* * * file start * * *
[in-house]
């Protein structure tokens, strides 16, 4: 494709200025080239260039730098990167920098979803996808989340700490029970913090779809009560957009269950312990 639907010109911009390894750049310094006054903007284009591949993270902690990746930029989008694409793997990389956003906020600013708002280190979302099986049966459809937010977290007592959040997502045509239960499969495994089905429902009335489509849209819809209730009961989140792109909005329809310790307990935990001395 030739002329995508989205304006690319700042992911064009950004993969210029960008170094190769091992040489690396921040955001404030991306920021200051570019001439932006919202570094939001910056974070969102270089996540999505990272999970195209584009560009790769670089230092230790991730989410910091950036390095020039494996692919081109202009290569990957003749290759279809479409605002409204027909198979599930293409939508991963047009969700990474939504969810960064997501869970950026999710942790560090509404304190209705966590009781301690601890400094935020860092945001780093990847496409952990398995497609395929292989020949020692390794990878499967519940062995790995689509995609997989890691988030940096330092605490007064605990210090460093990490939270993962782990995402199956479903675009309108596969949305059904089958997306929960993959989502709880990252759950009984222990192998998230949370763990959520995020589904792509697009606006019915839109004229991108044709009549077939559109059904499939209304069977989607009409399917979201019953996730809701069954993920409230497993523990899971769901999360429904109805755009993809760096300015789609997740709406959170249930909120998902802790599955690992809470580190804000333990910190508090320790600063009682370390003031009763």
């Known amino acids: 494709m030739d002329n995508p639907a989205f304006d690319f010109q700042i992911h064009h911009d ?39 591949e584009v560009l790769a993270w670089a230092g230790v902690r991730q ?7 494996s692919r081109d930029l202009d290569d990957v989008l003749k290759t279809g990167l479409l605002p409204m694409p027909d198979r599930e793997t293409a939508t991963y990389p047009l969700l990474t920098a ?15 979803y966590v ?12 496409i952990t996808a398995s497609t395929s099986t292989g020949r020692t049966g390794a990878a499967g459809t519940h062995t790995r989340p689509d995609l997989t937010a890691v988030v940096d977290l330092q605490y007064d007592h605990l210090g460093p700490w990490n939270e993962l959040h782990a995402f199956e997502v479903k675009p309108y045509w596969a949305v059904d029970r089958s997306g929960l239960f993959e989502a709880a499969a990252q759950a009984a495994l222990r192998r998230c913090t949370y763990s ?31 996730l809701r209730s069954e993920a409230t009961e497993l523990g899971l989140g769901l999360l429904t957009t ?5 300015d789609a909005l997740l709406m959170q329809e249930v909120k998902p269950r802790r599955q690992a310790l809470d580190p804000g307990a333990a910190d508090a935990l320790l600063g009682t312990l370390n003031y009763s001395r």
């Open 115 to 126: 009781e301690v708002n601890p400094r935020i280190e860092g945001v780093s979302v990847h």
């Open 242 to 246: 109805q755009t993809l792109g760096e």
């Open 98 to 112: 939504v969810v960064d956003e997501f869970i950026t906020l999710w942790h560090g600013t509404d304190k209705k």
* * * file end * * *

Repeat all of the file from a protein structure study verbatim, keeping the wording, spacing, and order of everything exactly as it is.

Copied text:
[in-house]
């Protein structure tokens, strides 16, 4: 494709200025080239260039730098990167920098979803996808989340700490029970913090779809009560957009269950312990 639907010109911009390894750049310094006054903007284009591949993270902690990746930029989008694409793997990389956003906020600013708002280190979302099986049966459809937010977290007592959040997502045509239960499969495994089905429902009335489509849209819809209730009961989140792109909005329809310790307990935990001395 030739002329995508989205304006690319700042992911064009950004993969210029960008170094190769091992040489690396921040955001404030991306920021200051570019001439932006919202570094939001910056974070969102270089996540999505990272999970195209584009560009790769670089230092230790991730989410910091950036390095020039494996692919081109202009290569990957003749290759279809479409605002409204027909198979599930293409939508991963047009969700990474939504969810960064997501869970950026999710942790560090509404304190209705966590009781301690601890400094935020860092945001780093990847496409952990398995497609395929292989020949020692390794990878499967519940062995790995689509995609997989890691988030940096330092605490007064605990210090460093990490939270993962782990995402199956479903675009309108596969949305059904089958997306929960993959989502709880990252759950009984222990192998998230949370763990959520995020589904792509697009606006019915839109004229991108044709009549077939559109059904499939209304069977989607009409399917979201019953996730809701069954993920409230497993523990899971769901999360429904109805755009993809760096300015789609997740709406959170249930909120998902802790599955690992809470580190804000333990910190508090320790600063009682370390003031009763």
């Known amino acids: 494709m030739d002329n995508p639907a989205f304006d690319f010109q700042i992911h064009h911009d ?39 591949e584009v560009l790769a993270w670089a230092g230790v902690r991730q ?7 494996s692919r081109d930029l202009d290569d990957v989008l003749k290759t279809g990167l479409l605002p409204m694409p027909d198979r599930e793997t293409a939508t991963y990389p047009l969700l990474t920098a ?15 979803y966590v ?12 496409i952990t996808a398995s497609t395929s099986t292989g020949r020692t049966g390794a990878a499967g459809t519940h062995t790995r989340p689509d995609l997989t937010a890691v988030v940096d977290l330092q605490y007064d007592h605990l210090g460093p700490w990490n939270e993962l959040h782990a995402f199956e997502v479903k675009p309108y045509w596969a949305v059904d029970r089958s997306g929960l239960f993959e989502a709880a499969a990252q759950a009984a495994l222990r192998r998230c913090t949370y763990s ?31 996730l809701r209730s069954e993920a409230t009961e497993l523990g899971l989140g769901l999360l429904t957009t ?5 300015d789609a909005l997740l709406m959170q329809e249930v909120k998902p269950r802790r599955q690992a310790l809470d580190p804000g307990a333990a910190d508090a935990l320790l600063g009682t312990l370390n003031y009763s001395r």
């Open 115 to 126: 009781e301690v708002n601890p400094r935020i280190e860092g945001v780093s979302v990847h």
């Open 242 to 246: 109805q755009t993809l792109g760096e």
């Open 98 to 112: 939504v969810v960064d956003e997501f869970i950026t906020l999710w942790h560090g600013t509404d304190k209705k």